Introducing... Geelong Gallery


Established in 1896, Geelong Gallery is one of Australia’s oldest regional galleries. The Gallery holds a broad collection of 19th, 20th and 21st century Australian and European art. We spoke to Jason Smith, Geelong Gallery’s Director, about the Gallery’s long-held relationship with photography.

Can you tell us about Geelong Gallery’s commitment to exhibiting photography?

Geelong’s collection of historical Geelong-focused documentary photography is strong, and we have a commitment to photography in our acquisitions policy. Geelong Gallery has routinely incorporated distinct photography exhibitions into its program over the past decades, or included in thematic exhibitions works by artists practicing in various forms of photo media, including moving image. For two decades, the Gallery hosted the biennial international photographic competition VIGEX, accredited by the Federation Internationale de l’Art Photographique (FIAP) and the Australian Photographic Society (APS).

Which notable photo-media artists have you worked with?

Recently we presented major projects by Murray Fredericks, Jo Scicluna, and Gabriella and Silvana Mangano. We have acquired works by and included numerous thematic exhibitions a range of emerging and influential established practitioners including Anne Zahalka, David Rosetzky, Daniel Crooks, Charlie Sofo, Christian Thompson, RONE and Cricket Saleh.

Where we find ourselves—Jo Scicluna installation view, Geelong Gallery, 2016. Image by Andrew Curtis.

Why is it significant that PHOTO 2020 is taking place in Geelong?

Geelong has a dynamic and thriving arts culture with a number of prominent local contemporary artists including Cricket Saleh working with photography. At Geelong Gallery we consider it vitally important to be ‘in the field’ with artists as their practices evolve, and PHOTO 2020 offers a great opportunity for local artists to engage with the breadth of practices encompassed by this particular festival.

In your opinion, how has the role of the photographer evolved?

The role of the photographer is to provide the conceptual and aesthetic X factor that powerfully communicates the multiple contexts in which we might see, feel and understand an image beyond the ubiquitous pouting selfie and the banal everyday.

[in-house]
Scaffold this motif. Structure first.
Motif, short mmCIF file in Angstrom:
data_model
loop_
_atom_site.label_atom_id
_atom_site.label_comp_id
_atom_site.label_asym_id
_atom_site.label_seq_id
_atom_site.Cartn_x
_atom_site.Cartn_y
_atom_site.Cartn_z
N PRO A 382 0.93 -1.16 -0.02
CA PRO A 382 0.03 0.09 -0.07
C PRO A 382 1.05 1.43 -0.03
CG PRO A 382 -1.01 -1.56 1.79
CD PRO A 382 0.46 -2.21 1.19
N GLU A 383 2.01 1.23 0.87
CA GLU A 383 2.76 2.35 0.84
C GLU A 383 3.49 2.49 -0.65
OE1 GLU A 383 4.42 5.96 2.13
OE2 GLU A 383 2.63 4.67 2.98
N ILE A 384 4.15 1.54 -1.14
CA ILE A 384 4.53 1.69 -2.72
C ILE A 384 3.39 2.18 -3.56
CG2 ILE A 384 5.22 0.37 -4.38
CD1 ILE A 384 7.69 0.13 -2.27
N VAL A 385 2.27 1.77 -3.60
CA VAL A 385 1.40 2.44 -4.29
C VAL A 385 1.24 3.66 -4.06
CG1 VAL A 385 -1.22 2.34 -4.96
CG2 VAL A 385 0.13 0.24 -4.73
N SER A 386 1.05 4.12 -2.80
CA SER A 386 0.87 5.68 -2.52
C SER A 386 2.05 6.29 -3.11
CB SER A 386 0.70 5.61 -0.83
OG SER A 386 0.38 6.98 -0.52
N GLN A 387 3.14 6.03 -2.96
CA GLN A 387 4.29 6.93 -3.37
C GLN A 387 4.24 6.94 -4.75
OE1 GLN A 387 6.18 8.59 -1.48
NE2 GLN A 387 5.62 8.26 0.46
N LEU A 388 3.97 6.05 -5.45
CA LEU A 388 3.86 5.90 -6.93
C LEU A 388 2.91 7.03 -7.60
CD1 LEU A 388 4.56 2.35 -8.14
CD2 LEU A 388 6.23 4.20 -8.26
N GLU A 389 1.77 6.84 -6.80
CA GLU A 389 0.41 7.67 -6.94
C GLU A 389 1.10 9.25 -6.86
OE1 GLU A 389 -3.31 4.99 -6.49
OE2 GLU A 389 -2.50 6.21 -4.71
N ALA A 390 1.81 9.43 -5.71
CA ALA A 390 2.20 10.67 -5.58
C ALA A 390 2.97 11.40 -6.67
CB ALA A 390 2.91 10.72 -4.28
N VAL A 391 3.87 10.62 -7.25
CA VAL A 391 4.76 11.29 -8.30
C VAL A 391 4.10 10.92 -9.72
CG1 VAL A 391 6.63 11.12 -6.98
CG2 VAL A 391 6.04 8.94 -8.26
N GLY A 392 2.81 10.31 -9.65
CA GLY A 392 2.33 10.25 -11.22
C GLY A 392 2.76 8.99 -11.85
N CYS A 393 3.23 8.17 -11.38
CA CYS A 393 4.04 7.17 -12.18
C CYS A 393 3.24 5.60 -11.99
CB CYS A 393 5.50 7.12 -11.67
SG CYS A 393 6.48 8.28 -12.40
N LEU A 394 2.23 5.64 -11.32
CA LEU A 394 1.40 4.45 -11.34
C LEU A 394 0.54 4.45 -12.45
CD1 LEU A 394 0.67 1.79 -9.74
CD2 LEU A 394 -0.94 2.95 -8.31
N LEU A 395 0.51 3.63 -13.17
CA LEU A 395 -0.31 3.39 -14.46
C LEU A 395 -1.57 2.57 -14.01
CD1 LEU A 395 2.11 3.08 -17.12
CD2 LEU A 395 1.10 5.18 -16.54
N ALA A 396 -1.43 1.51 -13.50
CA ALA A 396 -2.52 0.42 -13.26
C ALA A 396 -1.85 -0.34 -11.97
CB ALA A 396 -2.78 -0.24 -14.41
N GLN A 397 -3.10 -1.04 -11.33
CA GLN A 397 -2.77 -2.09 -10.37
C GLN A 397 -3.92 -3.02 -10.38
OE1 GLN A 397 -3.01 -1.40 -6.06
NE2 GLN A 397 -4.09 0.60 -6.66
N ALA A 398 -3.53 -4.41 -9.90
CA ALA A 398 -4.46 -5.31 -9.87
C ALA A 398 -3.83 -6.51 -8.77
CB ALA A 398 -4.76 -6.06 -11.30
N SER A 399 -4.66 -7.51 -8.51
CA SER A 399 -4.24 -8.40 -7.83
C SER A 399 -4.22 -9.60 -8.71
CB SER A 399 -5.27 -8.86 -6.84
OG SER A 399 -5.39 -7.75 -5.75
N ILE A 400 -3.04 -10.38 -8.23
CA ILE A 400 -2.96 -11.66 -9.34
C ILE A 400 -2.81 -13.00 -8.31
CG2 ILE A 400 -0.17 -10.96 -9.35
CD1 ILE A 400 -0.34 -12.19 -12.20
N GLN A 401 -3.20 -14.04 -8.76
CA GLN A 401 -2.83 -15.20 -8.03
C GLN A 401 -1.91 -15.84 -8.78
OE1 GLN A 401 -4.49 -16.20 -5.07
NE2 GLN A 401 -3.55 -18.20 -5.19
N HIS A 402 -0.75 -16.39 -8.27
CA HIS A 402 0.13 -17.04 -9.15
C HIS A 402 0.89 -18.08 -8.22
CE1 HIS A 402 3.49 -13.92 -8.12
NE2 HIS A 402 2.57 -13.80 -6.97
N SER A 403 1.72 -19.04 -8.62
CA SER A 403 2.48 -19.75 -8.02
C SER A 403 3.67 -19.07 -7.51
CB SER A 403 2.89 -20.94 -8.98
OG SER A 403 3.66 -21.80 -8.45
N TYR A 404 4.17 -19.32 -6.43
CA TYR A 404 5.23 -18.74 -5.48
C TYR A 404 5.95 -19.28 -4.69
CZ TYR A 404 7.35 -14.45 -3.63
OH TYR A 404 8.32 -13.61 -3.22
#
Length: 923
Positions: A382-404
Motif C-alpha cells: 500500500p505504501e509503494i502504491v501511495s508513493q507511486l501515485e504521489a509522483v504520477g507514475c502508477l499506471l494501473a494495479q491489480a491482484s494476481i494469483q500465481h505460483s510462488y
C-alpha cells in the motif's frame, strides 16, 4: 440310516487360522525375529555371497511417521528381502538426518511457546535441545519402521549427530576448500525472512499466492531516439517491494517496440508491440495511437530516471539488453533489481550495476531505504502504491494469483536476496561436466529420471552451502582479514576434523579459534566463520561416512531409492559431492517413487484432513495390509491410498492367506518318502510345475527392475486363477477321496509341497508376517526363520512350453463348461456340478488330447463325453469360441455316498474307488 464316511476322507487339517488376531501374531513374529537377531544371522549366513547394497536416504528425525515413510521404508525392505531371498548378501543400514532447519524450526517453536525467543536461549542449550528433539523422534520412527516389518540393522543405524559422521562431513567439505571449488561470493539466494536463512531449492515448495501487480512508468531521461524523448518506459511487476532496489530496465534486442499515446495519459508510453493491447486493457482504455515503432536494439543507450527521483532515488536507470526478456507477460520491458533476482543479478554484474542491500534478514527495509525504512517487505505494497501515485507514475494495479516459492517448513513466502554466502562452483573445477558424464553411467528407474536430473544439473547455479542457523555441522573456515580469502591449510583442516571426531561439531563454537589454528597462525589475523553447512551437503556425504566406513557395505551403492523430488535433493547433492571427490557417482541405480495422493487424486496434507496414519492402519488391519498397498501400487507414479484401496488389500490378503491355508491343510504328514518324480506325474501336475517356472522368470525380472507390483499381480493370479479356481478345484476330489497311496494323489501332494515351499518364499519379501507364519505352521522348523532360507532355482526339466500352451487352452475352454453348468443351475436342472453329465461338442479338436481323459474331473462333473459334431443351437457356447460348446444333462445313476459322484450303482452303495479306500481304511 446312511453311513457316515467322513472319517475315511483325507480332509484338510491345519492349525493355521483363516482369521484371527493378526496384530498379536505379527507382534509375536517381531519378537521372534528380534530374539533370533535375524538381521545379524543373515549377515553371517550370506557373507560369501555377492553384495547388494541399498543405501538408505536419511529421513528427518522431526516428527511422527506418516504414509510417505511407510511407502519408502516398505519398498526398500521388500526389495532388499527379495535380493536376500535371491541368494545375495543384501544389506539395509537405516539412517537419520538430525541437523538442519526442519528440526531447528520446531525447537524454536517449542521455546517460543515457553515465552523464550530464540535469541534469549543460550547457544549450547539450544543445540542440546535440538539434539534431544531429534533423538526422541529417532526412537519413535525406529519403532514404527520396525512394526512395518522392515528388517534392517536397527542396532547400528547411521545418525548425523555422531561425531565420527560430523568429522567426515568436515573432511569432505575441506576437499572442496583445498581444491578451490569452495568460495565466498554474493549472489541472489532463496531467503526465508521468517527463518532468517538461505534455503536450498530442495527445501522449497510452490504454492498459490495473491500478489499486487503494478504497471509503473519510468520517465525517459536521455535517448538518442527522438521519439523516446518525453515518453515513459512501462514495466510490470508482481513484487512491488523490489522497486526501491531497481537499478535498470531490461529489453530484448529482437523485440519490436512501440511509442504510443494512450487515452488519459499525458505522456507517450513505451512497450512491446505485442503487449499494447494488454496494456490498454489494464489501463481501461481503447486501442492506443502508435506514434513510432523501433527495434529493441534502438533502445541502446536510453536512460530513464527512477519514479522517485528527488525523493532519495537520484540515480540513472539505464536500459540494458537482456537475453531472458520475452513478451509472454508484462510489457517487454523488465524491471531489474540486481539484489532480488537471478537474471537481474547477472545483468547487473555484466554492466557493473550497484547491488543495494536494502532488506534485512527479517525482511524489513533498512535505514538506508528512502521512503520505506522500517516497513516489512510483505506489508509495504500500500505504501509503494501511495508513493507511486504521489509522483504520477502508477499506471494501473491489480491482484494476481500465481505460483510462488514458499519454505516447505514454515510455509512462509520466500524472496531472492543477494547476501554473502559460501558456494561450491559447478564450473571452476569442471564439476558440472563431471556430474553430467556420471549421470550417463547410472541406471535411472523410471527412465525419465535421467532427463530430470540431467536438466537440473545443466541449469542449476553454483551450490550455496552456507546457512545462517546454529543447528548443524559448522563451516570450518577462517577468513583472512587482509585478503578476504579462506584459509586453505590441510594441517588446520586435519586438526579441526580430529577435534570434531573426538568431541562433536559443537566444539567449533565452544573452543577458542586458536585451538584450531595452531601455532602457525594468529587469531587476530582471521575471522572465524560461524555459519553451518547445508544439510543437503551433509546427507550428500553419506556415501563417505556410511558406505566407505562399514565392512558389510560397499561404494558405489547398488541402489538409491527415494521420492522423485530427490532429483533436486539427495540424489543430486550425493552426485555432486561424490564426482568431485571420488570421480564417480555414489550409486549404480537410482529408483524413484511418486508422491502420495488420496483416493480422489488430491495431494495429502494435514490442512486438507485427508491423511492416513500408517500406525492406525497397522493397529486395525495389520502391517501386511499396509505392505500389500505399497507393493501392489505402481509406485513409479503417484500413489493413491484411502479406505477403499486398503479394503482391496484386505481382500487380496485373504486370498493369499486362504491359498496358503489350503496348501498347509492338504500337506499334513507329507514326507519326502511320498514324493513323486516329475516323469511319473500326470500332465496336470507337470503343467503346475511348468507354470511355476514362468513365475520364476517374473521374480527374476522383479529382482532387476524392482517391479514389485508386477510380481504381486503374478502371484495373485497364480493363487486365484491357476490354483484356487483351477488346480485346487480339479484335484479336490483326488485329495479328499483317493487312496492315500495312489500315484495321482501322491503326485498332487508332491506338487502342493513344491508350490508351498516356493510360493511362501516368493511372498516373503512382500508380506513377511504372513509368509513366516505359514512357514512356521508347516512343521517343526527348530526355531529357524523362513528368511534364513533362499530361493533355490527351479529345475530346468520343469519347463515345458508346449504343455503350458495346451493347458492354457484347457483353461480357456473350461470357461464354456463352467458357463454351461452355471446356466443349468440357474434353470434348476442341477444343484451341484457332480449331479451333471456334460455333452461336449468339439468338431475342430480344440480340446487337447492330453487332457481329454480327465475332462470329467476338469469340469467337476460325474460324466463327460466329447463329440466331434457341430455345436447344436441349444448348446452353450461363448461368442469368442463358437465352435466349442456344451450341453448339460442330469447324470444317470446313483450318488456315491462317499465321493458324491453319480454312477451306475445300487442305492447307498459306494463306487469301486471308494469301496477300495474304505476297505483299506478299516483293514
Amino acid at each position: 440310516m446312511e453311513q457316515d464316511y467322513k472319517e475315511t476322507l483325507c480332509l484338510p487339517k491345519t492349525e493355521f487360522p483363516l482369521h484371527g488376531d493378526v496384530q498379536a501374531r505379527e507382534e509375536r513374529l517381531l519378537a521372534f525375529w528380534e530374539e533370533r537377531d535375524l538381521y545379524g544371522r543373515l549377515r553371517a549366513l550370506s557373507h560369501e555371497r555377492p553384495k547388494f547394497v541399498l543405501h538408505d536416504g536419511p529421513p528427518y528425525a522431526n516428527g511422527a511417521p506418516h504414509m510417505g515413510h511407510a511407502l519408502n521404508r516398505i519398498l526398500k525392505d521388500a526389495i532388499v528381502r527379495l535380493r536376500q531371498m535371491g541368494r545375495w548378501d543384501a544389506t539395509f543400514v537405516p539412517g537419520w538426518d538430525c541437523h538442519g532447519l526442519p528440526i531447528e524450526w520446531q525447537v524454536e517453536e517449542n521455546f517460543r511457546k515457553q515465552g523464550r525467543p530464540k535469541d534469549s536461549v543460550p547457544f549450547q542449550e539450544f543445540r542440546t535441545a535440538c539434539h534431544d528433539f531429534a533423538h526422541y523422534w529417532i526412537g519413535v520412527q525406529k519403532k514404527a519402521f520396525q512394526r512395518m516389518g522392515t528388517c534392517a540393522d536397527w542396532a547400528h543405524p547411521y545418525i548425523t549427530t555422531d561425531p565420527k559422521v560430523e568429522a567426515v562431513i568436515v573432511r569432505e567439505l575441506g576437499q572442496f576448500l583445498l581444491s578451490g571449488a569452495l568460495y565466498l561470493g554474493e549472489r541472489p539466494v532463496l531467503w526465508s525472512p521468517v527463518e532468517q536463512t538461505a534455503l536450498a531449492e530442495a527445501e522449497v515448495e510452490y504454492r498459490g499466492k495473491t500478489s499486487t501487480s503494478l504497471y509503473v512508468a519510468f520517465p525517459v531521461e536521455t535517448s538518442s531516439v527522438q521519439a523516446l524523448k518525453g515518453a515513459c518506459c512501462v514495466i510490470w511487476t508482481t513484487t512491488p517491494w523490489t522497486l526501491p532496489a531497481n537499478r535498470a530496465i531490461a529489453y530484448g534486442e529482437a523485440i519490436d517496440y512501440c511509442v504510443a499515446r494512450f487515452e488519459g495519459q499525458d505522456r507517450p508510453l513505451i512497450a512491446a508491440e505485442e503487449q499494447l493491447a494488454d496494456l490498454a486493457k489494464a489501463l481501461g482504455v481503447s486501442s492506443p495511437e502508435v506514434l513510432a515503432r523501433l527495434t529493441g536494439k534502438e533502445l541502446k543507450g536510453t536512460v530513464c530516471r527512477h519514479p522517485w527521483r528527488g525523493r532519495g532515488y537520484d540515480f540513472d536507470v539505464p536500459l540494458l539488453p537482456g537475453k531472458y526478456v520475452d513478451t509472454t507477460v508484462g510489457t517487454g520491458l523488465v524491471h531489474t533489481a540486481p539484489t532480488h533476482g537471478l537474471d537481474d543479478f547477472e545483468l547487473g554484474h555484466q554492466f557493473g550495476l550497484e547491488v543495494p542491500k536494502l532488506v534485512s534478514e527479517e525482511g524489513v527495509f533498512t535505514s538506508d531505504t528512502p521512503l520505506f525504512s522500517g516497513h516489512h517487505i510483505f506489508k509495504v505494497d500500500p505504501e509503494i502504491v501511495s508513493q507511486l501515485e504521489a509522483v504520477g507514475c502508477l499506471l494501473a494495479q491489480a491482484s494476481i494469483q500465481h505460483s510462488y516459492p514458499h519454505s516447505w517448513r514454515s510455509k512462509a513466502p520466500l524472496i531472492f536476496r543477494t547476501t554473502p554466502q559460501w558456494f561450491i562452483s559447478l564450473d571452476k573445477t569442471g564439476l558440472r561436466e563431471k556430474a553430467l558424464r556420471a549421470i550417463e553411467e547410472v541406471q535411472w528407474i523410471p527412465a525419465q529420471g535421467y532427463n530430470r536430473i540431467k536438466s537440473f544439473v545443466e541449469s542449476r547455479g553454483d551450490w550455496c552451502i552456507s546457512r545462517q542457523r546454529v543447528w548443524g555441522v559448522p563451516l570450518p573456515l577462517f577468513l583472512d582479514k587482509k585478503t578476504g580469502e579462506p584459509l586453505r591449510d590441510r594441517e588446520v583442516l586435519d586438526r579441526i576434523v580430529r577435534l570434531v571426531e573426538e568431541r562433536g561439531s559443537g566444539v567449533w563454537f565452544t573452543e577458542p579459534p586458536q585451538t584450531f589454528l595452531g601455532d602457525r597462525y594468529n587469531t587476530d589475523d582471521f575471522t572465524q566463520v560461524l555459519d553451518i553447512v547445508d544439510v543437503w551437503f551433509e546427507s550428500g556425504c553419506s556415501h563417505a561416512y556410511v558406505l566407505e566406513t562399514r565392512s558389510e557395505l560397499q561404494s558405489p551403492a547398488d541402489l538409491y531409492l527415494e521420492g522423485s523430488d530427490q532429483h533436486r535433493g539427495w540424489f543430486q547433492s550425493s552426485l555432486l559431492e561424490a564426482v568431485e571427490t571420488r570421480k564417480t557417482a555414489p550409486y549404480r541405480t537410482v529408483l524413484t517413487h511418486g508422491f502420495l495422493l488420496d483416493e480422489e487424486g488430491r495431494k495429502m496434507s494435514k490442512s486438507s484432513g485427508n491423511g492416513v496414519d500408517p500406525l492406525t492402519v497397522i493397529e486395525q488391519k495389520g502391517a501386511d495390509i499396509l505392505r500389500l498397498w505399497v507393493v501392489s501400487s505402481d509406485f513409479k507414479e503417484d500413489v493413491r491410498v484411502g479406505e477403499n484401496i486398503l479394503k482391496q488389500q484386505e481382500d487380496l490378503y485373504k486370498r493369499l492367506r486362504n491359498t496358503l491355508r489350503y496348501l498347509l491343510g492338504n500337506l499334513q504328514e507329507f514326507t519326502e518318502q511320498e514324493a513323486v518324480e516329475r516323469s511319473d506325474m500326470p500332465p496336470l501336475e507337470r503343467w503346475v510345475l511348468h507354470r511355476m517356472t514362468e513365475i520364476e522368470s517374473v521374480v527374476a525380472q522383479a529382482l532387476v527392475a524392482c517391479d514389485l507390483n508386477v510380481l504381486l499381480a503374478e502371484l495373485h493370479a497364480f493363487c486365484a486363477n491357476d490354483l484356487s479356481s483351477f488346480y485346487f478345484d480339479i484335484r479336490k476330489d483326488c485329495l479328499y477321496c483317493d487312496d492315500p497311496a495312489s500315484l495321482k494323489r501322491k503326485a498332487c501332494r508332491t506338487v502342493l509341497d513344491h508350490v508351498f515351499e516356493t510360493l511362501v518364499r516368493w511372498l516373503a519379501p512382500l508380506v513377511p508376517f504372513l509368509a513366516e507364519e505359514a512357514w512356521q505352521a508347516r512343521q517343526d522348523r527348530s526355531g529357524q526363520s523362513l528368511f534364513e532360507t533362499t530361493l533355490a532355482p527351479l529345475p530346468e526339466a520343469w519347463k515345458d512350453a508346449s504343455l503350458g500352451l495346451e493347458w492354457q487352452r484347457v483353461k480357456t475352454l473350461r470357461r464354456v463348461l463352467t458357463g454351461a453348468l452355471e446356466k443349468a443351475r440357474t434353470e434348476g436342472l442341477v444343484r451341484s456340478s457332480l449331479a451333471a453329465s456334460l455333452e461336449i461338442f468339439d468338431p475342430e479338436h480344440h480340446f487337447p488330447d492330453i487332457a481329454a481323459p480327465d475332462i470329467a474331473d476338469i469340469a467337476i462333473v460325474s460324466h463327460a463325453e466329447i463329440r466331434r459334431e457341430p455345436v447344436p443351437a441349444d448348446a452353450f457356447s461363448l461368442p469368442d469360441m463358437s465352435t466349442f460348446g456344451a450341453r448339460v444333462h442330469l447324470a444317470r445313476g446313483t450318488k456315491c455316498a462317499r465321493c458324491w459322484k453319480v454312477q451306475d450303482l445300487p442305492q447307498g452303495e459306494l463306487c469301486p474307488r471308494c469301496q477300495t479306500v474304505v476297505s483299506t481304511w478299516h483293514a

Views of Geelong and beyond—treasures from the Geelong Gallery collection installation view, Geelong Gallery, 2018. Image by Andrew Curtis.

What can we expect from Geelong Gallery during PHOTO 2020?

We are very excited to be working with an eminent, critically acclaimed Sydney-based photographer. The artist will present a new series of large-scale colour photographs that combines enduring conceptual practice with autobiographical images and subjects from the artist’s childhood and youth. The exhibition will encourage audiences to explore new narratives and ideas on identity and home truths.

What is the most exciting aspect about being part of PHOTO 2020?

Clustering is the new black and it is enlivening to be part of a vital community of artists and organisations asserting the continuing value and relevance of photo-media practices.

Geelong Gallery, Johnstone Park facade by night
. Image by Jules Willoughby.

Jason Smith is the Director of Geelong Gallery. He was previously Curatorial Manager of Australian Art at the Queensland Art Gallery / Gallery of Modern Art; Director & CEO of Heide Museum of Modern Art; Director of Monash Gallery of Art; and Curator of Contemporary Art at the National Gallery of Victoria. He has individually and collaboratively curated 55 solo, group and thematic exhibitions including major surveys of the works of Howard Arkley, Peter Booth, Louise Bourgeois, Gwyn Hanssen Pigott, Stephen Benwell and Kathy Temin.